5 Poses to Stabilize the Pelvic Floor
In this sequence we establish the relationship between the pelvic floor and the diaphragm. Then, we will wake up the pelvic floor muscles and learn to strengthen them through “Kegels Done Right!” Finally, we will target the abdominal muscles while stabilizing the pelvis to encourage core strength that supports the structural integrity of the entire body. One of the key principles of this approach to engaging the pelvic floor is that it’s not just what poses you practice, but how you practice them, so allow yourself to fully feel your breath and pay attention to the pelvic floor throughout your session on the mat. Like any muscle, you’ll be able to train yourself to take these concepts off the mat into the rest of your day.
1. Child’s Pose
Begin in child’s pose with the knees as wide as the shoulders so the belly can easily rest on the thighs. As you inhale, feel the breath in the back body. Open the back and side ribs as the diaphragm and pelvic floor stretch. Visualize the pelvic floor muscles between the sits bones, pubic bone, and tailbone – feel them expand on the inhalation. As you exhale notice how the ribs naturally draw back to center and how the low belly and pelvic floor draw in and up. Repeat this awareness and gentle contraction10-12 times.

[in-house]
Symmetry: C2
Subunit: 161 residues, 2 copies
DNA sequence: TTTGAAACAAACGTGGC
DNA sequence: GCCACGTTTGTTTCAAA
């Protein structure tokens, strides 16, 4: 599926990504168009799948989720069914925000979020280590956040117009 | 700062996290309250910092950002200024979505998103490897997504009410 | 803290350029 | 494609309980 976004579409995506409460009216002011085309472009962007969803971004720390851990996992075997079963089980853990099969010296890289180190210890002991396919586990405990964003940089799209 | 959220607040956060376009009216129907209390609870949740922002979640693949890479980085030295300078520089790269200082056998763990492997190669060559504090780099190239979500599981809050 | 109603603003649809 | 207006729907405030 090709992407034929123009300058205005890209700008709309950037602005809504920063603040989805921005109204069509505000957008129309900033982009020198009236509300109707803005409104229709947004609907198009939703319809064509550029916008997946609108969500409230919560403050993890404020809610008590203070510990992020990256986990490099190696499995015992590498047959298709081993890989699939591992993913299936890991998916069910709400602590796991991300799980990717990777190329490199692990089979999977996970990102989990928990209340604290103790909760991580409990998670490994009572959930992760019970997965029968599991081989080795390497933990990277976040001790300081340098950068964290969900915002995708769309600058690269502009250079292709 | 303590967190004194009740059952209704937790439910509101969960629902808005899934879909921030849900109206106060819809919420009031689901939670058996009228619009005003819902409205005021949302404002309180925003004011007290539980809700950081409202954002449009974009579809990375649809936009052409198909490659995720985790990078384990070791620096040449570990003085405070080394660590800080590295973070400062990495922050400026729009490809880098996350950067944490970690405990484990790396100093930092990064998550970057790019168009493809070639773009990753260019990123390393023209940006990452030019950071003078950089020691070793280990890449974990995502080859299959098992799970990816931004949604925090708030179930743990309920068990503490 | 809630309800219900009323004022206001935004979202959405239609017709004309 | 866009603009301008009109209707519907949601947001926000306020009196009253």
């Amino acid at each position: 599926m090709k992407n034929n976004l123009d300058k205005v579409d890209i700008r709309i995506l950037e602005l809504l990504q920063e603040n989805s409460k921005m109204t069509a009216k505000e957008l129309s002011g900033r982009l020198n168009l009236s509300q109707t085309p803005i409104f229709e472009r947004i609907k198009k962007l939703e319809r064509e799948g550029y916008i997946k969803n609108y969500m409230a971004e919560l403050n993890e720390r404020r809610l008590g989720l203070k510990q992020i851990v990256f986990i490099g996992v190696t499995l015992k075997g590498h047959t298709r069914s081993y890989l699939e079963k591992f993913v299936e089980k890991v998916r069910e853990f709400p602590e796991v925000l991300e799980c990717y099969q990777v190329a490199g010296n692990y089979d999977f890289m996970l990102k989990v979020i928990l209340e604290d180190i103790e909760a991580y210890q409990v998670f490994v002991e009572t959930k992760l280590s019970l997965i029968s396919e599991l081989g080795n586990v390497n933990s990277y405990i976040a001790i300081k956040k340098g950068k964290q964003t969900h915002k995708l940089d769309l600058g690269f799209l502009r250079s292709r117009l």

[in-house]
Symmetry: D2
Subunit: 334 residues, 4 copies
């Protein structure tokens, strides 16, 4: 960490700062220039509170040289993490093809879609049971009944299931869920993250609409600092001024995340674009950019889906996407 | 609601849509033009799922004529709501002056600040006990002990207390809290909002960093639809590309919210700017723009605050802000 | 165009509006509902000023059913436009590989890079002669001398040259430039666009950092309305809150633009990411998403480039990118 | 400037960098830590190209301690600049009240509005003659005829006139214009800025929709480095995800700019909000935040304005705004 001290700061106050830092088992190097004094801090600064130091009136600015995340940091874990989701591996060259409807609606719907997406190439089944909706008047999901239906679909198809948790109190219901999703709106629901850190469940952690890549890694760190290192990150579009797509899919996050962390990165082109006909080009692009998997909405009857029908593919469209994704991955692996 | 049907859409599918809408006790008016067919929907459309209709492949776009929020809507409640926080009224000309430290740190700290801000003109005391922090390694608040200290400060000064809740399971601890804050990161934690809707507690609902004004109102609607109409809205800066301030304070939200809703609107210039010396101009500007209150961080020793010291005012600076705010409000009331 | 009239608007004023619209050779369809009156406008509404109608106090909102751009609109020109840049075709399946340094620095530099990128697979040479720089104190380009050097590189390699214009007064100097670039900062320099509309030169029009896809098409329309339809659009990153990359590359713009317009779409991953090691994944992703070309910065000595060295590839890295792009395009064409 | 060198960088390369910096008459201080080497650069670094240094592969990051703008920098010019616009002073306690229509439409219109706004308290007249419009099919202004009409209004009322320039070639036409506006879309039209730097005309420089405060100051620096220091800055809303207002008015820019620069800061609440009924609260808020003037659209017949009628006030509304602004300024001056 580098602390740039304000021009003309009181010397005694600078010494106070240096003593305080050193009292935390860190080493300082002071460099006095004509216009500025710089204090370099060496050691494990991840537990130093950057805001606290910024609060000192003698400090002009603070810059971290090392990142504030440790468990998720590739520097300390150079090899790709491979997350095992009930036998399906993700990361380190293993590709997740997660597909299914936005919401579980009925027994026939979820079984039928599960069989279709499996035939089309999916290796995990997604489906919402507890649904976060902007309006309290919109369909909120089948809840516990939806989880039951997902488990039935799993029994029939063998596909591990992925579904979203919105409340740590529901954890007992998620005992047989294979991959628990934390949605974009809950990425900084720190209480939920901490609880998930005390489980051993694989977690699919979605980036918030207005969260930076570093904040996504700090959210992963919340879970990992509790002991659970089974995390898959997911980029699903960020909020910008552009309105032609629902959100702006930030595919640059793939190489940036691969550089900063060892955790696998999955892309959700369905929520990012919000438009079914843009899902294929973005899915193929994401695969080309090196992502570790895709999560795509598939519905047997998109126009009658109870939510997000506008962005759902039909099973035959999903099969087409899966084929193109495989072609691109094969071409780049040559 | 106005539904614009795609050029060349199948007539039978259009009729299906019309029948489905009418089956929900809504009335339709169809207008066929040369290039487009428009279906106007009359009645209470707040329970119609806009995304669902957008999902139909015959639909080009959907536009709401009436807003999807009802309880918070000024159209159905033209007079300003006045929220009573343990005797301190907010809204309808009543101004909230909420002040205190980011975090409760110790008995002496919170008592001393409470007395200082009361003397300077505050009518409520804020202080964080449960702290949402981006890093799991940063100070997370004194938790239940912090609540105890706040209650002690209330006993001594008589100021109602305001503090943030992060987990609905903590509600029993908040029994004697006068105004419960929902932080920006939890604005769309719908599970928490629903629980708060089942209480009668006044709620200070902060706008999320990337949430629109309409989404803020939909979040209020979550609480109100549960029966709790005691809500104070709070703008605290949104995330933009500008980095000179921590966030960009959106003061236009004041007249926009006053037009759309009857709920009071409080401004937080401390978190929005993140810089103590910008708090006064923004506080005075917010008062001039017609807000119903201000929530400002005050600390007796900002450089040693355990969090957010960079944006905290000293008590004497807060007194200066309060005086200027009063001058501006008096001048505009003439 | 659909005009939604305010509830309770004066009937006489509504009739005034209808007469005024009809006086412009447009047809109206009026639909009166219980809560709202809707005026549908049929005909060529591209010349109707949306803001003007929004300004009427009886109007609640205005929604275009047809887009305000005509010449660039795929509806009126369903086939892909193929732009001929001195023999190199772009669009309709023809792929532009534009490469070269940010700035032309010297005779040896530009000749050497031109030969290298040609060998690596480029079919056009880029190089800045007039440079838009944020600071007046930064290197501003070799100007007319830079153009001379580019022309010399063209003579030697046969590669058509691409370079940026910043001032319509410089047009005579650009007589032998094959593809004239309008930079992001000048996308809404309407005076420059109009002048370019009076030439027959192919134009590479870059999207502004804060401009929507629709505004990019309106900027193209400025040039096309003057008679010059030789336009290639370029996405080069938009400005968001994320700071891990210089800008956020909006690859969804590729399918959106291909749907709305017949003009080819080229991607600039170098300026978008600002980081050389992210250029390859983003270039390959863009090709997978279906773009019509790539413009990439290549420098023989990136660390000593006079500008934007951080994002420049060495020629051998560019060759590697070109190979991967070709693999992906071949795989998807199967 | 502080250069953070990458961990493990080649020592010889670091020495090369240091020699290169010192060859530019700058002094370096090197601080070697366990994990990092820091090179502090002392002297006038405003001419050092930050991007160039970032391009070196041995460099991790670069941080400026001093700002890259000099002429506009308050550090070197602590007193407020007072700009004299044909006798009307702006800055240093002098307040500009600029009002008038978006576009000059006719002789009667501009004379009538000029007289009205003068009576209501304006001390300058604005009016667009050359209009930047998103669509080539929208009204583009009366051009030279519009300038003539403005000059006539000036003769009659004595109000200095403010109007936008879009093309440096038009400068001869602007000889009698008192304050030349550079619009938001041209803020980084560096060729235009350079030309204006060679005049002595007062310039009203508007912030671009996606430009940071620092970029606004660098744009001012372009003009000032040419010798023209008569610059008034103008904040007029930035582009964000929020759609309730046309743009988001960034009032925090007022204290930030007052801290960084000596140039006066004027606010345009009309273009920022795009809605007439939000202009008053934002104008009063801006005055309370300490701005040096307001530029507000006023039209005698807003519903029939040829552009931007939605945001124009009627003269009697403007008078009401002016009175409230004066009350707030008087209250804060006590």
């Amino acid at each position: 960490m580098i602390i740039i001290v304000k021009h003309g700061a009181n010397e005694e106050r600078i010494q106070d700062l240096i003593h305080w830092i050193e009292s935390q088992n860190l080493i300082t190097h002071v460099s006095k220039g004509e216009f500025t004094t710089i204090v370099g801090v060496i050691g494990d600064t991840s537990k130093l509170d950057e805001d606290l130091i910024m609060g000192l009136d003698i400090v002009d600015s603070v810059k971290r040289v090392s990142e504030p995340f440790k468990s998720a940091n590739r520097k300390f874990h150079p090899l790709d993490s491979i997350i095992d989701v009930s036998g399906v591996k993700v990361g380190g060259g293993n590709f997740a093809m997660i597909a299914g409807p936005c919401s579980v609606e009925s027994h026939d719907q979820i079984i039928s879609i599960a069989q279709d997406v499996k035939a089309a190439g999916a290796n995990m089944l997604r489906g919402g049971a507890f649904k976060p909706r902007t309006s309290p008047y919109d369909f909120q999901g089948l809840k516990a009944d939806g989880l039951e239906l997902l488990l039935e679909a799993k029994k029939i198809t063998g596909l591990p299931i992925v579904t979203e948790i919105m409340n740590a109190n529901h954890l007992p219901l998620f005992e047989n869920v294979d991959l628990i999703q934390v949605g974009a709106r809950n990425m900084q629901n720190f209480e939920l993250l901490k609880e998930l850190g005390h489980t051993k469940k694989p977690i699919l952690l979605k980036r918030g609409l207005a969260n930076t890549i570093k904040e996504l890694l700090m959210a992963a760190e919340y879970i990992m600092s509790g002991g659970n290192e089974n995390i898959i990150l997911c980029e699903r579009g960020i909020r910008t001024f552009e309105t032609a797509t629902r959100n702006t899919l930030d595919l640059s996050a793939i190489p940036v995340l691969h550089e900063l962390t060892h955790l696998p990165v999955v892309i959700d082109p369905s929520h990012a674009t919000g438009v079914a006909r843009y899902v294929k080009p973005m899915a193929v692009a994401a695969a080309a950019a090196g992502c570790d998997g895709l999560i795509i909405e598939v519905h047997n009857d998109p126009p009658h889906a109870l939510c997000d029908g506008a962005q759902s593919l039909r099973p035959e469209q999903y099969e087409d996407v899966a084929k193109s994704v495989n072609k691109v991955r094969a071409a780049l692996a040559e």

2. Happy Baby
Lie on your back and bend the knees into your chest. Reach for the outer edges of the feet or gently hold behind the thighs. Relax into the natural curve of the lower spine and inhale into the back body feeling the side ribs widen and back ribs press into the mat. Feel the pelvic floor expand. On the exhalation, notice the natural contraction and subtle lift of the pelvic floor muscles. Repeat for 8-10 breaths.
3. Kegels Done Right!
Sit in Sukhasana or Cross-Legged Easy Pose.
Visualize your sits bones (ischial tuberosities—the part of the pelvis that you sit on) as elevator doors that open and close with each breath. Repeat through 4 complete breaths after each exercise.
Part 1 Attention on the Sits Bones: Inhale and feel the imaginary doors open and release. As you exhale, draw these muscles closer to one another as if you were closing the elevator doors.
Part 2 Pubic Bone/Tail Bone: Imagine the pubic bone and the tailbone are the elevator doors. As you inhale, feel these muscles release allowing the virtual doors to open. On an exhalation, draw the muscles closer to one another as if you were closing the elevator doors.
Part 3 All Together! On the exhalation, draw all four points of the pelvis closer to center (the two sits bones, the pubic bone, and the tail bone). Release on the inhalation.